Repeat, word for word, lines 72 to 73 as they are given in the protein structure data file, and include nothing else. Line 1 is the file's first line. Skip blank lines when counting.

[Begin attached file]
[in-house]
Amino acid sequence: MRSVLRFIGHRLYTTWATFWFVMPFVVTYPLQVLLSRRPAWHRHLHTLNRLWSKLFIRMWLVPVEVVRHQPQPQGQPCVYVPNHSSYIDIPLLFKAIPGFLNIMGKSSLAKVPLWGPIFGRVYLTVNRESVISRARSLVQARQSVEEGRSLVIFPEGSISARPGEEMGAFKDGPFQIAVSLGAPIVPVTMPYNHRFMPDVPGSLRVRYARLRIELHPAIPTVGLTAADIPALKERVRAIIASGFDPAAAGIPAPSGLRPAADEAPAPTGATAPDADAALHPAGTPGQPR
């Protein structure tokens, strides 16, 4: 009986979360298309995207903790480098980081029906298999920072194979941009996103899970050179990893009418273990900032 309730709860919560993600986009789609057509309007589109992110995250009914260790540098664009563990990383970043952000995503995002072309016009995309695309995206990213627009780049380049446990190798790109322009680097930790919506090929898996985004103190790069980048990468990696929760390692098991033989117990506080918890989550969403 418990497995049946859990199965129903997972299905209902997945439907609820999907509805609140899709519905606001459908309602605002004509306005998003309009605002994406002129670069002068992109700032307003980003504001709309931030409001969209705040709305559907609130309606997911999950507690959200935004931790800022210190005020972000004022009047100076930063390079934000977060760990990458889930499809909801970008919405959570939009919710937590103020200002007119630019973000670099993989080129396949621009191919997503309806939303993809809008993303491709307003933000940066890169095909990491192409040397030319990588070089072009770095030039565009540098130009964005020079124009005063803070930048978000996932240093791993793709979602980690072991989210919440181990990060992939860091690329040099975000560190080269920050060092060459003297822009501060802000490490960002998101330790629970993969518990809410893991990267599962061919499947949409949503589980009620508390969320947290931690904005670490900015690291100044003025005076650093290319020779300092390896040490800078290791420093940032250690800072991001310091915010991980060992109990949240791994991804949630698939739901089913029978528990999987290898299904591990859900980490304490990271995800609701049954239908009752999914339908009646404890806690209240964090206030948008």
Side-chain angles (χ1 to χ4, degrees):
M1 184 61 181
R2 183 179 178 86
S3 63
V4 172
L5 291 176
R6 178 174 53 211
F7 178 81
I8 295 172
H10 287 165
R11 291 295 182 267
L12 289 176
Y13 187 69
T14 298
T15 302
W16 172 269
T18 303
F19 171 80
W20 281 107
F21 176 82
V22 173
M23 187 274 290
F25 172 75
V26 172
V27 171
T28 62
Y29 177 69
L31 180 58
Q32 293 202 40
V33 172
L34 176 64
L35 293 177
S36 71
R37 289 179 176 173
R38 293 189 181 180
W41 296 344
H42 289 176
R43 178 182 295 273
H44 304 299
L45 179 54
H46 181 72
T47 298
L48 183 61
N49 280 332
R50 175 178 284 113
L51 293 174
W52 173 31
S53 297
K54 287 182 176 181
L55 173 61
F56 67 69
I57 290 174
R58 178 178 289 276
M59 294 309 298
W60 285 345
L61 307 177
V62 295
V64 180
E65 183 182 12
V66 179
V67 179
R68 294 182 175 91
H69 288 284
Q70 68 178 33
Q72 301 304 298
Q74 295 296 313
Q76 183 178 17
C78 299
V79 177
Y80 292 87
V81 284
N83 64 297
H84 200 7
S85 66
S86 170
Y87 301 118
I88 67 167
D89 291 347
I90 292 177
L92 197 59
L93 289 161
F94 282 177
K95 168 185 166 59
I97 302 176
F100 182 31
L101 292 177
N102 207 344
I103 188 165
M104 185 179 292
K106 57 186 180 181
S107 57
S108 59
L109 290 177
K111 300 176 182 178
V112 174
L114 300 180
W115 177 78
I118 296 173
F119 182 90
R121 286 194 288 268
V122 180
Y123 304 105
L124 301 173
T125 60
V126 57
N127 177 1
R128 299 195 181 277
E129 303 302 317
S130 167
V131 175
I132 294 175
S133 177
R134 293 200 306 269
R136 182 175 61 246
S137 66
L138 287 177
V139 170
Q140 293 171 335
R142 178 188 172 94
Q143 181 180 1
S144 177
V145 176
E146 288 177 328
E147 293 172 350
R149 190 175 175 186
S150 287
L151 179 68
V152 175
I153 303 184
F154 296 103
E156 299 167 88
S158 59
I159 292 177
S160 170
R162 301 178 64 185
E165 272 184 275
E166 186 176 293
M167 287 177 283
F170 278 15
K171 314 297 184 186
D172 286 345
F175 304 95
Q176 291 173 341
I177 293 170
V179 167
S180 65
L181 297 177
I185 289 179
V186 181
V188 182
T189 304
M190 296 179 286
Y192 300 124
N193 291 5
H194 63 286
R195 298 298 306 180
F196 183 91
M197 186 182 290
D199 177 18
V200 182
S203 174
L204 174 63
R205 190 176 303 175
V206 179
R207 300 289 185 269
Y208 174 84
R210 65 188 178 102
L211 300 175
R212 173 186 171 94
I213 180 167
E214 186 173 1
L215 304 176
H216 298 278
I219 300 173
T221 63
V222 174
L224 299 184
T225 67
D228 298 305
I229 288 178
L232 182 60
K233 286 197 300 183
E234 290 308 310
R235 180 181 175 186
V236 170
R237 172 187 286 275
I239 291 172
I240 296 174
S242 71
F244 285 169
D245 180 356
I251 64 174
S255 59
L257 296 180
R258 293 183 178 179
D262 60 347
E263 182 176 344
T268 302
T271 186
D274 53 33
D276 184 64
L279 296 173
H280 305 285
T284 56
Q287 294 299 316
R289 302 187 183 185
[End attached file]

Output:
V79 177
Y80 292 87